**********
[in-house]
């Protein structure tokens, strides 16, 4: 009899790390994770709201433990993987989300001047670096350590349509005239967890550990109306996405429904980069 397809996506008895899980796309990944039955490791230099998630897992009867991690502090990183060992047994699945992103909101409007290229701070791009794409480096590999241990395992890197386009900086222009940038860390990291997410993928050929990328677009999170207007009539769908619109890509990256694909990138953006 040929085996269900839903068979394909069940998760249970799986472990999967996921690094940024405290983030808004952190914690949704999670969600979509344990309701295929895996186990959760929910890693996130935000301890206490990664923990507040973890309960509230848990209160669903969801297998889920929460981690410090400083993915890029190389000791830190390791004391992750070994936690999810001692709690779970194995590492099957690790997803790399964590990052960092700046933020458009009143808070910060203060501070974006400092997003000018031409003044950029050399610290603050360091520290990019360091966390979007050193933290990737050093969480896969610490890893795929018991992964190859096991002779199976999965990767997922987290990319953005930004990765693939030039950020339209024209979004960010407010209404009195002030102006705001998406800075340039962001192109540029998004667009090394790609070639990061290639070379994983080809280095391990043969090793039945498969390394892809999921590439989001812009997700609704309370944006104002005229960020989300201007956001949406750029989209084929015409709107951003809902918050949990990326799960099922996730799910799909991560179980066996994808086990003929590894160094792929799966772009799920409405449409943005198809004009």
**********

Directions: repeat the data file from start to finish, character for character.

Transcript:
[in-house]
């Protein structure tokens, strides 16, 4: 009899790390994770709201433990993987989300001047670096350590349509005239967890550990109306996405429904980069 397809996506008895899980796309990944039955490791230099998630897992009867991690502090990183060992047994699945992103909101409007290229701070791009794409480096590999241990395992890197386009900086222009940038860390990291997410993928050929990328677009999170207007009539769908619109890509990256694909990138953006 040929085996269900839903068979394909069940998760249970799986472990999967996921690094940024405290983030808004952190914690949704999670969600979509344990309701295929895996186990959760929910890693996130935000301890206490990664923990507040973890309960509230848990209160669903969801297998889920929460981690410090400083993915890029190389000791830190390791004391992750070994936690999810001692709690779970194995590492099957690790997803790399964590990052960092700046933020458009009143808070910060203060501070974006400092997003000018031409003044950029050399610290603050360091520290990019360091966390979007050193933290990737050093969480896969610490890893795929018991992964190859096991002779199976999965990767997922987290990319953005930004990765693939030039950020339209024209979004960010407010209404009195002030102006705001998406800075340039962001192109540029998004667009090394790609070639990061290639070379994983080809280095391990043969090793039945498969390394892809999921590439989001812009997700609704309370944006104002005229960020989300201007956001949406750029989209084929015409709107951003809902918050949990990326799960099922996730799910799909991560179980066996994808086990003929590894160094792929799966772009799920409405449409943005198809004009």